The House interior affairs committee on Monday wrapped up discussion of new regulations aimed at tightening up the citizenship-by-investment programme, previously flagged by the EU as a potential money-laundering risk for Cyprus.
Lawmakers apparently reached consensus on a clause, as part of an amendment to the government regulations submitted earlier, that provides for a transition period regarding the examination of applications for citizenship filed by foreign nationals.
Under the proposal, by Diko MP Panicos Leonidou, all citizenship applications filed prior to the date on which the government submitted to parliament the new regs, will be assessed according to the rules as these applied up to January 31 this year.
The government formally tabled the new regs on June 19, 2020. That means that between January 31 and June 19 – roughly five months – there was an unclear framework on how to handle applications submitted during this period, said committee chair Eleni Mavrou.
During the five-month period in question, applications kept coming in. Some 200 applications have been filed since the beginning of the year. Despite this, the interior ministry had paused processing these applications during this time.
Therefore, Mavrou explained, the new regulations now being discussed would apply to those citizenship applications filed after June 19.
The pending applications – those filed between January 31 and June 19 and which were put on hold – would be processed under the previous regulations – which were laxer.
Mavrou said MPs inserted a number of amendments to the government regs governing the citizenship scheme, rendering it more robust and plugging a number of loopholes.
But Greens MP Giorgos Perdikis sounded his displeasure at the fact the committee rejected an amendment designed to bolster transparency – the obligation of the government to publish the names of those granted citizenship, and the nature of their investment.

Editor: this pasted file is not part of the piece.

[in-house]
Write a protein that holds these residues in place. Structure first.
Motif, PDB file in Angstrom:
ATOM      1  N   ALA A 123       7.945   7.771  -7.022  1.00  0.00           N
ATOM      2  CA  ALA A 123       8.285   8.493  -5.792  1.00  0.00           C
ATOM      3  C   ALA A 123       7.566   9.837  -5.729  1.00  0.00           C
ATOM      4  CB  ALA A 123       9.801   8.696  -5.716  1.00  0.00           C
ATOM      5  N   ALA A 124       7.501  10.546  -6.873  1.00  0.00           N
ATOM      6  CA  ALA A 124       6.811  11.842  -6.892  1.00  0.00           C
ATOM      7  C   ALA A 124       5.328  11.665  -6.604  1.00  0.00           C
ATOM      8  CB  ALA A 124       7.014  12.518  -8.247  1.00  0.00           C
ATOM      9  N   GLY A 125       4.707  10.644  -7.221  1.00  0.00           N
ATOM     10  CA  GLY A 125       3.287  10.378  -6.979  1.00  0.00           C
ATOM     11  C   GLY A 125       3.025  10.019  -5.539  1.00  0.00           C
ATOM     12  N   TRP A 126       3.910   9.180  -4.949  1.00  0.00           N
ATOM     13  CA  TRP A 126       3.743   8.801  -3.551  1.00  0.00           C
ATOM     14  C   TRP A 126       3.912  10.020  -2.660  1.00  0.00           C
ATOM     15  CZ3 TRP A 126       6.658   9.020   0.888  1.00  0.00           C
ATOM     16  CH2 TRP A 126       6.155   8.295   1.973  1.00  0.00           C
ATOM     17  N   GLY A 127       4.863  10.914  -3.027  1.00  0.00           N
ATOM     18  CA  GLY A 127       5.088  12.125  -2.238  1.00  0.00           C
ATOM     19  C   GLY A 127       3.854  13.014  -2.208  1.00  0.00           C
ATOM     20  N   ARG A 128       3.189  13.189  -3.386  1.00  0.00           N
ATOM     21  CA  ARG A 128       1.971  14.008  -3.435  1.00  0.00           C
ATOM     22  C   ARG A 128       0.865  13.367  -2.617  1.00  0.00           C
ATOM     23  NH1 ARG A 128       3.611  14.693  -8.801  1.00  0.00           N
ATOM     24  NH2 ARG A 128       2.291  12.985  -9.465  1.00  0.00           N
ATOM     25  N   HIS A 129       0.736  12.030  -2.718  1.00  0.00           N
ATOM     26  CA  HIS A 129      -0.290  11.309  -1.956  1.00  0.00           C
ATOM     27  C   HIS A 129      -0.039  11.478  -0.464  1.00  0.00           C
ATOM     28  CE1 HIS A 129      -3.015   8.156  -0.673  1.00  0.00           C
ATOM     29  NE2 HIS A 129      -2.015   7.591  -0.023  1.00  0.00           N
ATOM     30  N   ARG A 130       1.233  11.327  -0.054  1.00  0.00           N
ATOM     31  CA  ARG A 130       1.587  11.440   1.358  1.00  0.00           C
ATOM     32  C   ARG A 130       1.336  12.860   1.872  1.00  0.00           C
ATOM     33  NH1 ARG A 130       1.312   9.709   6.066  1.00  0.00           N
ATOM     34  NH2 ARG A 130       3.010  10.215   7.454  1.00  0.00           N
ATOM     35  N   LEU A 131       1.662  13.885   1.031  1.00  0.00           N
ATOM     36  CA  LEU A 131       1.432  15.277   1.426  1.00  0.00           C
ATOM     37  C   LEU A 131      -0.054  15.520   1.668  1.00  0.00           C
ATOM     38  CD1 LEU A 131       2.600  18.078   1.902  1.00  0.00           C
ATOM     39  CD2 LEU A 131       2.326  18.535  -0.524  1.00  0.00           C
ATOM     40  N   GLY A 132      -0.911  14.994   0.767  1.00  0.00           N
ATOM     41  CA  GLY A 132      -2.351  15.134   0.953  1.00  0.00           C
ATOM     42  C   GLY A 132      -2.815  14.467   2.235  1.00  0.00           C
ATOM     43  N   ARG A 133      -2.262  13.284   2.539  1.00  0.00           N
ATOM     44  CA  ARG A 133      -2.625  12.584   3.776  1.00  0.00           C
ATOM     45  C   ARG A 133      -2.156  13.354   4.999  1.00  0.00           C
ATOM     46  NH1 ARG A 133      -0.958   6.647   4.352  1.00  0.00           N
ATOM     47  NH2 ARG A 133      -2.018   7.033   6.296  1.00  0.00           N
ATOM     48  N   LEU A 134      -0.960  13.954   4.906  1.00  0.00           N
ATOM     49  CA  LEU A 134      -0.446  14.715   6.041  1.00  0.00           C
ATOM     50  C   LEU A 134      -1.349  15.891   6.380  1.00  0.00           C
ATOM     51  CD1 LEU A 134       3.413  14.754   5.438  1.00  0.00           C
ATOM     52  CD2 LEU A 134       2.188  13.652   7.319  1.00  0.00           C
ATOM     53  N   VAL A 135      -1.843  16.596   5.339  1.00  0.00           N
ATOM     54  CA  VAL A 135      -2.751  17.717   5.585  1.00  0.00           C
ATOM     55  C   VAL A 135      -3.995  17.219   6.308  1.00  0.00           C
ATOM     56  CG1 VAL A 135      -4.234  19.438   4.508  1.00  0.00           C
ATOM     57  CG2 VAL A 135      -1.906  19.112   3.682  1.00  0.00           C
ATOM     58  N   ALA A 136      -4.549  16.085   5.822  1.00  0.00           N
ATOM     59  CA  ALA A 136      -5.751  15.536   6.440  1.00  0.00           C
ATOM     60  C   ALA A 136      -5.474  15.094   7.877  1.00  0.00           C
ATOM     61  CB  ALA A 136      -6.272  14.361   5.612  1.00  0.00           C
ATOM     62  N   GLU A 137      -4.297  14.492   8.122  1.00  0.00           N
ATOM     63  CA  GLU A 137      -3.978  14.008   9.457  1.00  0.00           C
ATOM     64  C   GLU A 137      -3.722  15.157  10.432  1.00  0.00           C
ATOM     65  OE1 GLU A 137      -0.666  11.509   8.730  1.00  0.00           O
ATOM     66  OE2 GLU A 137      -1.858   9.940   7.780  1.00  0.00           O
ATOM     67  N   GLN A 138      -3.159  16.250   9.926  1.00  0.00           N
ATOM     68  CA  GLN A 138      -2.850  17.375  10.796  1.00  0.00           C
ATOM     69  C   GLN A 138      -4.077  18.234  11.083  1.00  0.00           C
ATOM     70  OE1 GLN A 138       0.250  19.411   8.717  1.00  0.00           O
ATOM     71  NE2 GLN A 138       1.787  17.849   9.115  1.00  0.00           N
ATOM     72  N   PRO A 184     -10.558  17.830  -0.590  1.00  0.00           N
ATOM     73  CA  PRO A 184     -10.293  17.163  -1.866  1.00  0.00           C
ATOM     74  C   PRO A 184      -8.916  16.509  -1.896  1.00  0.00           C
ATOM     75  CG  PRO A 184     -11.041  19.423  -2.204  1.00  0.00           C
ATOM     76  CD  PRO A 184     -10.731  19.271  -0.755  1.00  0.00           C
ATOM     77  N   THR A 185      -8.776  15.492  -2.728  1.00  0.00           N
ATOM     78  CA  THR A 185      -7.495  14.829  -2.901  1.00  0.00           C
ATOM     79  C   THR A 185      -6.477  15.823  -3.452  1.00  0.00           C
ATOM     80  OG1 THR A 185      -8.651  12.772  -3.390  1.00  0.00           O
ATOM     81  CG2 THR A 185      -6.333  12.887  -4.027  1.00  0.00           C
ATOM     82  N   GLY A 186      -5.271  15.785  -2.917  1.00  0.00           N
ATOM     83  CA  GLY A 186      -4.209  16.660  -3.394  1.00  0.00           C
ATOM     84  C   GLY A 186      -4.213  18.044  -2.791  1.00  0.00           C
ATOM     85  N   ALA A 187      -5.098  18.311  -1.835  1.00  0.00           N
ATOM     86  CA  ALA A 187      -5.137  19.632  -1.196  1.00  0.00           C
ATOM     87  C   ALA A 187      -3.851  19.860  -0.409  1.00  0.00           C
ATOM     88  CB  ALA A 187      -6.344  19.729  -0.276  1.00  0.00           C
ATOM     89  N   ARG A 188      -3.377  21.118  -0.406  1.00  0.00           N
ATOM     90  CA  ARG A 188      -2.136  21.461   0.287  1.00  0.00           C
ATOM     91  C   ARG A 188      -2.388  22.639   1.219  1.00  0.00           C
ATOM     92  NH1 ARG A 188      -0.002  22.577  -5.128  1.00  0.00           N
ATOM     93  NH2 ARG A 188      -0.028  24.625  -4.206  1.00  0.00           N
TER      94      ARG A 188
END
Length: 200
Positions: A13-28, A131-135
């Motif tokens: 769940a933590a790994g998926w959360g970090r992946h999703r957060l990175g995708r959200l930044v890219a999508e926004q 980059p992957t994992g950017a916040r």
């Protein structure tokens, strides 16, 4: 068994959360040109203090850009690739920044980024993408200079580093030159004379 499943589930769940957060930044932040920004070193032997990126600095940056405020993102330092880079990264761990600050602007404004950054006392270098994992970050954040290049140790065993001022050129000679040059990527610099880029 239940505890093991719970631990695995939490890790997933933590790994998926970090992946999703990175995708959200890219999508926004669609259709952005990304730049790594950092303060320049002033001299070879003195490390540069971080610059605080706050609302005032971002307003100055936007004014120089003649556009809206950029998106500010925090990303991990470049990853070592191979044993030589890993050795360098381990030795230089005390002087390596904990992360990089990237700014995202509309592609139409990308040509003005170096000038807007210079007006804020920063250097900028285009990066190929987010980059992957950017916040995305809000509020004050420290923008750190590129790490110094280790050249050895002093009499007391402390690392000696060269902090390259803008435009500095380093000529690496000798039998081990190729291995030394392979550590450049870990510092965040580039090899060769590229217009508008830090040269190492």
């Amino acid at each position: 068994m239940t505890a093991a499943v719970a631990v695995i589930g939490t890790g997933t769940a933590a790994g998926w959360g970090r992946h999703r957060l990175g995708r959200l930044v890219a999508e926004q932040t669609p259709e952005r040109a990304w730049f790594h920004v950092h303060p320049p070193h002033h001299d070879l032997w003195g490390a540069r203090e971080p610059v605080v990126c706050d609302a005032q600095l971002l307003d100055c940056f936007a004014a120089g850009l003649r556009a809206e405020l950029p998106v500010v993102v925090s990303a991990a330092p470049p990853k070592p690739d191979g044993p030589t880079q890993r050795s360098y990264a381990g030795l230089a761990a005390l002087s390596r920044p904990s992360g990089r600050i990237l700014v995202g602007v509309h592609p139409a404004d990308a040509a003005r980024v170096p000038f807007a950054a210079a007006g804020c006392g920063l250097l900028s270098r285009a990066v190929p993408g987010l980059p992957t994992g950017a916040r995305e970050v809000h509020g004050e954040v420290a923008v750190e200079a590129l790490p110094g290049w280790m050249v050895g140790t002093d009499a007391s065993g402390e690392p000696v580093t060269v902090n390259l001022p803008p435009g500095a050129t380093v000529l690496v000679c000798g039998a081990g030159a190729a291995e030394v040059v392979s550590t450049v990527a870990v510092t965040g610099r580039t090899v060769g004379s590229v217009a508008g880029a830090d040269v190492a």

Another proposal, also rejected by the majority of MPs, would have seen foreign investors contributing €100,000 to the fund for depositors who suffered a haircut and to the bond holders wiped out in 2013.
Of the additions that did make it, foreign nationals seeking the Cypriot passport will now be able to invest in sectors other than real estate, such as the primary sector, research and development, technology, healthcare and renewable energy sources.
The House plenum will be voting on the regulations and two related bills, and on any amendments or additions to them, on Friday.
One of the features in the updated rules includes the revocation of a citizenship where the state would be able to invoke “reasons of public interest”.
It’s also understood the new rules allow the state to withdraw Cypriot citizenship from a person if within 10 years of the date of naturalisation they have: been convicted in the Republic or any other country for a serious criminal offence which entails a prison sentence of five years or more; are wanted by Europol or Interpol for a serious criminal offence; or have been placed on a sanctions list.
The new ordinances also hold accountable entities registered as service providers assisting foreign nationals in filing their applications.
Once the new rules apply, the screening of applicants begins not from the moment they file an application, but earlier – once they select their service provider.
Service providers would retain their status for one year only, after which they would need to renew their licence.